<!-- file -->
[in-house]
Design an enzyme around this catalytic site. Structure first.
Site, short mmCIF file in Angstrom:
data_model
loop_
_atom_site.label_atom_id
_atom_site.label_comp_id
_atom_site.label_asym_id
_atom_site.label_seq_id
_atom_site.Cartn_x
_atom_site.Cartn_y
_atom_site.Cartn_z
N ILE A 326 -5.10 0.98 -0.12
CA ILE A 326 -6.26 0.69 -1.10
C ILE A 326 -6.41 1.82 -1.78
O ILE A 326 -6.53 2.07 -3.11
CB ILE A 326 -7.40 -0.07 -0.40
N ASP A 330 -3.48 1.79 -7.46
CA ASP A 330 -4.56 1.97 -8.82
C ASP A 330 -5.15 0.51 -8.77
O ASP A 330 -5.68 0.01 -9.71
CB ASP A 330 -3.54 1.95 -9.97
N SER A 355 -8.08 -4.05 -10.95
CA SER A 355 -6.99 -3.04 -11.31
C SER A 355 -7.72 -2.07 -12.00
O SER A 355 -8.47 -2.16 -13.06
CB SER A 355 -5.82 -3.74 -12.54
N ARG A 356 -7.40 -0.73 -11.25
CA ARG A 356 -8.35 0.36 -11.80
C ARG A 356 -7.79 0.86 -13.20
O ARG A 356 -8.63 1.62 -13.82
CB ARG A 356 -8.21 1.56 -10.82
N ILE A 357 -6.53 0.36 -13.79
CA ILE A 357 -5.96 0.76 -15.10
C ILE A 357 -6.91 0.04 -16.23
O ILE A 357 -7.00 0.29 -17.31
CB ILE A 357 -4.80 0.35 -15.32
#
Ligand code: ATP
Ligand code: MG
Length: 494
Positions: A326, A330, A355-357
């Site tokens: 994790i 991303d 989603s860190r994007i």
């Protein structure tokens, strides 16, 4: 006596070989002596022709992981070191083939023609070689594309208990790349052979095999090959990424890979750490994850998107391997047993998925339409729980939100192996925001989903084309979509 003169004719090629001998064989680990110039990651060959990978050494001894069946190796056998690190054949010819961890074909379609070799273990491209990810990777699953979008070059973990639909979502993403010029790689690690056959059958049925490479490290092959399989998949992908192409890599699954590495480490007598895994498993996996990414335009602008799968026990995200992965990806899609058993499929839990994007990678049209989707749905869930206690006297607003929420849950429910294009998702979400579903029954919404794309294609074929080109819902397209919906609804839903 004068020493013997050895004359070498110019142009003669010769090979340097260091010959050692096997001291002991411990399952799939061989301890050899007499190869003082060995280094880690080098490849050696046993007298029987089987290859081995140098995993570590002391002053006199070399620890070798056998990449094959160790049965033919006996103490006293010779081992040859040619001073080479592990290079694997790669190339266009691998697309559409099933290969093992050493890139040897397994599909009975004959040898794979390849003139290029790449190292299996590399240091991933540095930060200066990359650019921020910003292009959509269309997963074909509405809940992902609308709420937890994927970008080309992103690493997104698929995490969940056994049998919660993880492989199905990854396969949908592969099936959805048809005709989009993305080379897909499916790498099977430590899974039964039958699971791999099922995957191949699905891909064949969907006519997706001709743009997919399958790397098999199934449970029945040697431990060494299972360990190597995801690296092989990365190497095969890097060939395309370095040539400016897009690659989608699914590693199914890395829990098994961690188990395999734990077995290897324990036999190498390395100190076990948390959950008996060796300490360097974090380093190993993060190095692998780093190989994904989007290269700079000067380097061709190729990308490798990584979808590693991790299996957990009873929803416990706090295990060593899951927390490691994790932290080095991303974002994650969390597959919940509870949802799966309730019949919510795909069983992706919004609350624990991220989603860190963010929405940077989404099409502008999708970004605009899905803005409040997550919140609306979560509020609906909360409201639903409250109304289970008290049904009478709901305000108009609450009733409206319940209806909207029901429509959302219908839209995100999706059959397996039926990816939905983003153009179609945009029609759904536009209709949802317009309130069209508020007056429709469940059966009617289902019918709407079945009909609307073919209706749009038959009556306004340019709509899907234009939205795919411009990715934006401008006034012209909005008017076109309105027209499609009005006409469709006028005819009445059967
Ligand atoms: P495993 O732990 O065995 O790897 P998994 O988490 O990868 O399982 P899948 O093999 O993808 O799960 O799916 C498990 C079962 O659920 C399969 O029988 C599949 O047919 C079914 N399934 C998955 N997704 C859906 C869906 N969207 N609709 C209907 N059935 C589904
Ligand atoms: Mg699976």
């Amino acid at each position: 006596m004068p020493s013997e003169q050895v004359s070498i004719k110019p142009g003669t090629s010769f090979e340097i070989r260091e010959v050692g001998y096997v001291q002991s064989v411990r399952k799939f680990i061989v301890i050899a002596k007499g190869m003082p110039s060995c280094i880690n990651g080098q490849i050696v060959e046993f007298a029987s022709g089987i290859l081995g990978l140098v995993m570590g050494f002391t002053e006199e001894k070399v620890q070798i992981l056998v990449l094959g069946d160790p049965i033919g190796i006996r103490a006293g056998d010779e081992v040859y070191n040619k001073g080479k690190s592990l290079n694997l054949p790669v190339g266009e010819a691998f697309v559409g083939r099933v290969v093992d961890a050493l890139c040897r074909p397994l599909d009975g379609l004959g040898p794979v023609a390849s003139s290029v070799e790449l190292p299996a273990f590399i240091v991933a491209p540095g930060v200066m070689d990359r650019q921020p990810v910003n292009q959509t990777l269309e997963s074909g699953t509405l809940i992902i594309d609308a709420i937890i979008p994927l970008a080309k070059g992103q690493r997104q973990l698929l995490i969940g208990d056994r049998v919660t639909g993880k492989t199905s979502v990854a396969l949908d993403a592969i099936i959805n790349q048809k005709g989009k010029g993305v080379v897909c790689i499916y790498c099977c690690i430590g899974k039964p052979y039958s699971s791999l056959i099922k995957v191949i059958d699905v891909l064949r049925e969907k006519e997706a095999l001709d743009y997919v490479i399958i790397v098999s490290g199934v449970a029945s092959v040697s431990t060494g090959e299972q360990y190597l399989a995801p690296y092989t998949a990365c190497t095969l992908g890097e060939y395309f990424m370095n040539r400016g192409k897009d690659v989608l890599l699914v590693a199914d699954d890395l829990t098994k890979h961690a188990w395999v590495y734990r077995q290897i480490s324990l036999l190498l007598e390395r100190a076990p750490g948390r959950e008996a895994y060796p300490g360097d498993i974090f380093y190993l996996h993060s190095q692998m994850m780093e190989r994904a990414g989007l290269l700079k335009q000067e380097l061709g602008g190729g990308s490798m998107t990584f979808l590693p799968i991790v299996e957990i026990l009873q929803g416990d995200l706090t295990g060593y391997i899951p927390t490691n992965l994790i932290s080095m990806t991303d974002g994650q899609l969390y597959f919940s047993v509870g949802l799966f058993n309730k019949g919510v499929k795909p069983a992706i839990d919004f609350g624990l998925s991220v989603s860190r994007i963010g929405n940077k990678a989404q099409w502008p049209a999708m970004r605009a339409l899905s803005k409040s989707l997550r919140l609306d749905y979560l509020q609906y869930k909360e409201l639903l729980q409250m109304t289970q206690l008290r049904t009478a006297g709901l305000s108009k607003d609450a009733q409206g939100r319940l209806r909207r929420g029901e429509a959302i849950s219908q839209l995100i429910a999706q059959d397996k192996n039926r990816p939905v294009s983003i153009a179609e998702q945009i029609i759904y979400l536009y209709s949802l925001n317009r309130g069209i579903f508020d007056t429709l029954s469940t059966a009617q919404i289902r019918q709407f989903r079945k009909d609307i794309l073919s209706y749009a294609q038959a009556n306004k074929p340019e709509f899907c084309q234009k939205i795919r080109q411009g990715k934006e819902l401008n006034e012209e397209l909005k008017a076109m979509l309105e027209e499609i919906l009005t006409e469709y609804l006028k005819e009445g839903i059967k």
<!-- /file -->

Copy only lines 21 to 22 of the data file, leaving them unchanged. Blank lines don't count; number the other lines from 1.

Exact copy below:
O ASP A 330 -5.68 0.01 -9.71
CB ASP A 330 -3.54 1.95 -9.97